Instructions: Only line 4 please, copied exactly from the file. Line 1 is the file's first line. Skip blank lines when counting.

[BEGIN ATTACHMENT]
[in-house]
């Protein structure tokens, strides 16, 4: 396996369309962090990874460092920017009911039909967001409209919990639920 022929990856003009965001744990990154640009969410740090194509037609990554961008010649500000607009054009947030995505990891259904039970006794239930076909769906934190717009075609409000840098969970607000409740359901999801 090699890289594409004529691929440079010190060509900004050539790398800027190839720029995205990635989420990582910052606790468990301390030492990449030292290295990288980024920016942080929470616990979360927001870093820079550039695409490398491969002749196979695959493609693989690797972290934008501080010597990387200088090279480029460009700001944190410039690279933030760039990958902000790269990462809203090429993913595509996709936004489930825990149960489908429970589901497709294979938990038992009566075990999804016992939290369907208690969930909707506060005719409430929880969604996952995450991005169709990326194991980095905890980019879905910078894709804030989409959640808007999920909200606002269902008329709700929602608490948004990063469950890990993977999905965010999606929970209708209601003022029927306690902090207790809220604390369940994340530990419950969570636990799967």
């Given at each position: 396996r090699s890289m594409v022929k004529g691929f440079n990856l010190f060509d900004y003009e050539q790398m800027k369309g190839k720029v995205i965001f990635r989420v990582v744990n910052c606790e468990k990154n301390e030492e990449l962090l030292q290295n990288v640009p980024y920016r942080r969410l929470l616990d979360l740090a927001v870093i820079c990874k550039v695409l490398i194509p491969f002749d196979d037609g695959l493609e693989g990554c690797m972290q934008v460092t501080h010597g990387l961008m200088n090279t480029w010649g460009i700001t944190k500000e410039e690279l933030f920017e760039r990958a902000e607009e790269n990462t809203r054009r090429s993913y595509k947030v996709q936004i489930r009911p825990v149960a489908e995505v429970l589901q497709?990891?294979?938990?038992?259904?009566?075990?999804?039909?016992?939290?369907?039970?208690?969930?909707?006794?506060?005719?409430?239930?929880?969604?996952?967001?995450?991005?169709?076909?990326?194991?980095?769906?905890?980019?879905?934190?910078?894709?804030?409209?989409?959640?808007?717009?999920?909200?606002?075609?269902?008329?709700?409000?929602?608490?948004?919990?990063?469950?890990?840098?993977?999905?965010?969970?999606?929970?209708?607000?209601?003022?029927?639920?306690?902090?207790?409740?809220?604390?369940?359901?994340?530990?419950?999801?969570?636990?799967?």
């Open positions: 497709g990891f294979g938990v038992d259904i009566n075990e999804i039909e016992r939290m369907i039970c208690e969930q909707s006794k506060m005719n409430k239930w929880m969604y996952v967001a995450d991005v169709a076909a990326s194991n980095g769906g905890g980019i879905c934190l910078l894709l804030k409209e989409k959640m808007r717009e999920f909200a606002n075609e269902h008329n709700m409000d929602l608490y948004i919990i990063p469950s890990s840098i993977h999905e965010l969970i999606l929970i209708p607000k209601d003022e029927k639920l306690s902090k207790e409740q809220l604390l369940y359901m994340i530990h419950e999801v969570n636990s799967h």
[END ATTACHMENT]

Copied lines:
């Open positions: 497709g990891f294979g938990v038992d259904i009566n075990e999804i039909e016992r939290m369907i039970c208690e969930q909707s006794k506060m005719n409430k239930w929880m969604y996952v967001a995450d991005v169709a076909a990326s194991n980095g769906g905890g980019i879905c934190l910078l894709l804030k409209e989409k959640m808007r717009e999920f909200a606002n075609e269902h008329n709700m409000d929602l608490y948004i919990i990063p469950s890990s840098i993977h999905e965010l969970i999606l929970i209708p607000k209601d003022e029927k639920l306690s902090k207790e409740q809220l604390l369940y359901m994340i530990h419950e999801v969570n636990s799967h």